Write at least three supporting sentences for each main point in your article. Typically there are five to seven feature paragraphs to an article. Often though, I’ll write five to seven supporting sentences for each main feature paragraph for a somewhat longer, more in-depth piece. I’ll also add more support for each main feature if there are only three or four of them in the piece. If there are online references or websites you’d like to include, bullet them at the end of the paragraph. You can also include a quote, anecdote, and another reference to flesh out the main feature if you wish. You can open with an anecdote or quote if you have a strong one to pique reader interest.

  • Supporting sentence to illustrate main feature
  • Supporting sentence to illustrate main feature
  • Supporting sentence to illustrate main feature
  • Quotes
  • Anecdote
  • Reference

Main Feature Paragraph 2:

  • Supporting sentence to illustrate main feature
  • Supporting sentence to illustrate main feature
  • Supporting sentence to illustrate main feature
  • Quote, anecdote or reference (or a combination thereof)

Main Feature Paragraph 3:

  • Supporting sentence to illustrate main feature
  • Supporting sentence to illustrate main feature
  • Supporting sentence to illustrate main feature
  • Quote, anecdote or reference (or a combination thereof)

Main Feature Paragraph 4:

  • Supporting sentence to illustrate main feature
  • Supporting sentence to illustrate main feature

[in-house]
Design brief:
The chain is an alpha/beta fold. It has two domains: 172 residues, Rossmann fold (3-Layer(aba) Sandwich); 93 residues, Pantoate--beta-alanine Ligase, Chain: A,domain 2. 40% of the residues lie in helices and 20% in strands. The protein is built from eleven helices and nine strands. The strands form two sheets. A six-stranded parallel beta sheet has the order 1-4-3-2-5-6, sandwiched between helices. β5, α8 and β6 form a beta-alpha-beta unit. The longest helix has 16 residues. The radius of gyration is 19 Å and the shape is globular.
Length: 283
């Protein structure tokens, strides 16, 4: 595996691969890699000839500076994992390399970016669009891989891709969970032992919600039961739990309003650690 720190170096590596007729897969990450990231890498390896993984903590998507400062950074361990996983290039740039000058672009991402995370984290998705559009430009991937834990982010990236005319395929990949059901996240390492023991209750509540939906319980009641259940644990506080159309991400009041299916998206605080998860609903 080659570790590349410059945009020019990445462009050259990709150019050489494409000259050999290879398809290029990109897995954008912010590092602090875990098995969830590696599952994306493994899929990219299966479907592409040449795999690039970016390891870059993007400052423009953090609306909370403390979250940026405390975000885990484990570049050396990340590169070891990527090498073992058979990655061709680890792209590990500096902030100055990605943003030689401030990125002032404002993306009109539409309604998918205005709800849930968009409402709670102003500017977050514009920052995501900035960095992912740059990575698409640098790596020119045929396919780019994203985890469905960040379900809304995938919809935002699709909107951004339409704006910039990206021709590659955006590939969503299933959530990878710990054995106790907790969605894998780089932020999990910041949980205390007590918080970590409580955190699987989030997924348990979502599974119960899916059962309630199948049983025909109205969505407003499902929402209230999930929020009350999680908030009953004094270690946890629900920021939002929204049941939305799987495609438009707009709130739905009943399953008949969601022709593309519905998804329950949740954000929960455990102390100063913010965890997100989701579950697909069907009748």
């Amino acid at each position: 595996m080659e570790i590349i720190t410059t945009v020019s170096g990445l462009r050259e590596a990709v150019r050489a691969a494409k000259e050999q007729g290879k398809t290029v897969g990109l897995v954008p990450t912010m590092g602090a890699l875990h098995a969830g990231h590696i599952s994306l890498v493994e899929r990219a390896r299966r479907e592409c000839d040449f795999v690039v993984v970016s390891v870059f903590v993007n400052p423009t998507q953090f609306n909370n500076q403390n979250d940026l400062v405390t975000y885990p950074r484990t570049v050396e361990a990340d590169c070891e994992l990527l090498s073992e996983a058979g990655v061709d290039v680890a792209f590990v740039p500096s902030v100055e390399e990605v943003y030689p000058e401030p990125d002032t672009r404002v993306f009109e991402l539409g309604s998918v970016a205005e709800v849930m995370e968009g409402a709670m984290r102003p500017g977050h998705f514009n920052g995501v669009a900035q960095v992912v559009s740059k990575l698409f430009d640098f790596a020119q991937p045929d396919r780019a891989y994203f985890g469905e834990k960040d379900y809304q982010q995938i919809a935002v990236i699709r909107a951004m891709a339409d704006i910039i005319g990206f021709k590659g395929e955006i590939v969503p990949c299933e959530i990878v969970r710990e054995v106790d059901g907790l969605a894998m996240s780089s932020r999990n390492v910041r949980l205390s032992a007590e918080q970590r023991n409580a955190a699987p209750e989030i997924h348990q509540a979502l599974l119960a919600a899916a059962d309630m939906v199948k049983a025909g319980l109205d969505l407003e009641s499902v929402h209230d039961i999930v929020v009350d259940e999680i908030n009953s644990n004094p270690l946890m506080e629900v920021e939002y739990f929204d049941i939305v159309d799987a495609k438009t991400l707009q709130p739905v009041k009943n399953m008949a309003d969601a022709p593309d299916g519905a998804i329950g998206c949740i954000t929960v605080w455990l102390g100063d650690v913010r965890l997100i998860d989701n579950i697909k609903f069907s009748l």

• Supporting sentence to illustrate main feature
  • Quote, anecdote or reference (or a combination thereof)

Main Feature Paragraph 5:

  • Supporting sentence to illustrate main feature
  • Supporting sentence to illustrate main feature
  • Supporting sentence to illustrate main feature
  • Quote, anecdote or reference (or a combination thereof)

Conclusion (Wrap Up):

Write a strong closing summary of your piece as a conclusion to your arguments or information. Leave the reader hungry for more—you’re not writing a definitive piece on the topic. You don’t have the time, space or necessity for that. Do give plenty of GOOD information, but if there are things you must leave out— great. Include them in another article—a part two, etc., if you need to. There’s no problem with that. Be sure to dress up, clean up, and edit what you’ve written– at least twice. Finally, you could add a phrase similar to “For even more helpful advice and information on ‘your topic’ go to ‘your website, e-mail, etc.'” It’s really a nice touch if you can tie your closing in with your opening.

I sincerely hope this basic article outline template helps you generate more writing faster. Again, following this format, you’ll have absolutely no trouble writing an article each day once you get the hang of it. If you have a question, doubt or just want to let me know how it’s working out for you, please feel free to drop me an e-mail—even after you’re famous. Good luck and keep writing.

Prof. Larry M. Lynch is a bilingual copywriter, expert author, and photographer specializing in business, travel, food, and education-related writing in South America. His work has appeared in Transitions Abroad, South American Explorer, Escape from America, Mexico News, and Brazil magazines. He teaches at a university in Cali, Colombia.